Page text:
on May 21, 2011
at 11:21 PM

that is not kosher dude. how does 22g of carbs (and 14g of sugar) in 2 tbsps strike you? that's probably as bad as agave nectar. it might have yacon as an ingredient but it's been sugarfied. when I said kosher, i meant that metaphorically ... not that it's okay for the passover. that one's definitely not kosher. why not just choose sugar, then?

91219405abedbfd400ce00dea242a00f

(1044)

on May 21, 2011
at 11:13 PM

http://www.iherb.com/Navitas-Naturals-Organic-Yacon-Syrup-8-8-oz-249-g/8340?at=0 What do you think about this one? It says Kosher and is USDA organic.

Be1dbd31e4a3fccd4394494aa5db256d

(17969)

on May 21, 2011
at 10:53 PM

I don't really have a preference between those two. Whichever tastes better.

91219405abedbfd400ce00dea242a00f

(1044)

on May 21, 2011
at 09:51 PM

Interesting, thanks. Do you think it would be worse to take the hit from refined sugars in yacon syrup or from the fructose in honey, if you had to choose one to use for a recipe.

91219405abedbfd400ce00dea242a00f

(1044)

on May 21, 2011
at 09:41 PM

The problem with honey is that it is a load of fructose. For those of us trying to avoid eating too much fructose, it is not ideal.

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7 Answers

2
Be1dbd31e4a3fccd4394494aa5db256d

(17969)

on May 21, 2011
at 09:45 PM

FOS would be the anti-diabetic agent. They get metabolized in the gut to butyrate and that has a positive effect of insulin sensitivity and inflammation. Other sources are jicama, onions and chicory root. As for antioxidants, I didn't know that potatoes and mushrooms were particularly magical in their antioxidant content to begin with. Show me any real food and I'll show you its anti-diabetic and antioxidant properties.

If you want to eat yacon go ahead, I don't think there is any unique benefit to them but they're a good food. Syrup is generally not paleo since processing carbs tends to mean poorer metabolic health. Dose makes the poison with refined sugars. Some people are best served by eliminating refined carbs entirely.

Be1dbd31e4a3fccd4394494aa5db256d

(17969)

on May 21, 2011
at 10:53 PM

I don't really have a preference between those two. Whichever tastes better.

91219405abedbfd400ce00dea242a00f

(1044)

on May 21, 2011
at 09:51 PM

Interesting, thanks. Do you think it would be worse to take the hit from refined sugars in yacon syrup or from the fructose in honey, if you had to choose one to use for a recipe.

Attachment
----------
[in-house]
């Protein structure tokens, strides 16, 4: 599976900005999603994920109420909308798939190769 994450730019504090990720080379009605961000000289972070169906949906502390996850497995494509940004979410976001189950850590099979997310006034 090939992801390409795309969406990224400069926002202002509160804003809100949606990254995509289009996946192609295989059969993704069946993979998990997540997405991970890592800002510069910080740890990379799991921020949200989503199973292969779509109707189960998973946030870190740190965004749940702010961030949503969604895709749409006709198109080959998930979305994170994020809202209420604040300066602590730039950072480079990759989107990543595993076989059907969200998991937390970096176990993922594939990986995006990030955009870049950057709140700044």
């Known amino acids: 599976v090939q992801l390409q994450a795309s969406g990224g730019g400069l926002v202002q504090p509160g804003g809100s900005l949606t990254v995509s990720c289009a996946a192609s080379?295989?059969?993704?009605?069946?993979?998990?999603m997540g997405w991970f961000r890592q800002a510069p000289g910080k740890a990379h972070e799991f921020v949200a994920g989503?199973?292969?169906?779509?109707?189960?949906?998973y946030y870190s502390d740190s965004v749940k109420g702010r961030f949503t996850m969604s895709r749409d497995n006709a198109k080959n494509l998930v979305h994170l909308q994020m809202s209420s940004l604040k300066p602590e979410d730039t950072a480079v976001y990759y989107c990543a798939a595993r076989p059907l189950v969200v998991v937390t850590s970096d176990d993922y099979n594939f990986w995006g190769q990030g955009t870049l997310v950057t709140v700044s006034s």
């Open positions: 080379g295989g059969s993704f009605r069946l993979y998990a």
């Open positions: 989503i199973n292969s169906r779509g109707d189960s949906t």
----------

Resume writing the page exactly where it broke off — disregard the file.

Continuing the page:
1
3c6b4eed18dc57f746755b698426e7c8

on May 21, 2011
at 10:49 PM

I would check and see if the fructooligosacharide is an external agent put into yacon. If so, I would do some research and see if it's kosher: it seems like an inulin type of prebiotic. Frequently, you'll see bulking agents put into stevia or splenda to make them bulkier (e.g., Truvia). In the process, they include sugar and carbs which the original ingredient didn't have.

Yacon itself, however, should be ok. It is one of the 3 sugar subsitutes recommended by David Getoff, a naturopathic nutritionist who practices in San Diego. He recommends Stevia, Lohan and Yacon.

I have tried stevia and lo han. You can get the two from Swansonvitamins and other vitamin vendors online. But yacon doesn't seem to be available commercially. At least not in the form that I would want to try.

3c6b4eed18dc57f746755b698426e7c8

(5147)

on May 22, 2011
at 12:54 AM

It is true, yacon is like sugar alcohol. It is low glycemic. But notice most of the comments there say how great tasting (like honey) it is. It's a yacon-mix product enhanced for sweetness. I would not use it.

667f6c030b0245d71d8ef50c72b097dc

(15976)

on May 22, 2011
at 12:56 AM

Excellent point namby. Producers of processed products do this all the time: Xplant is low in this high in that etc...so this denatured, isolated, processed product we make FROM that must be good too!;) dubious.

3c6b4eed18dc57f746755b698426e7c8

(5147)

on May 22, 2011
at 12:51 AM

how can it not spike insulin when it says it has 14g sugar? There is no fiber to muffle the carbs. Here, read what the description says: "Yacon is a sweet tasting tuberous root grown in the Andes. It contains inulin, which promotes healthy probiotics. It is a low glycemic sweetener that can be used as an alternative to sugar in drinks and recipes." When it says "low glycemic," they're referring to the yacon, not to their product. They're specifically referring to the yacon in their product. I repeat, the ingredient, not the product itself.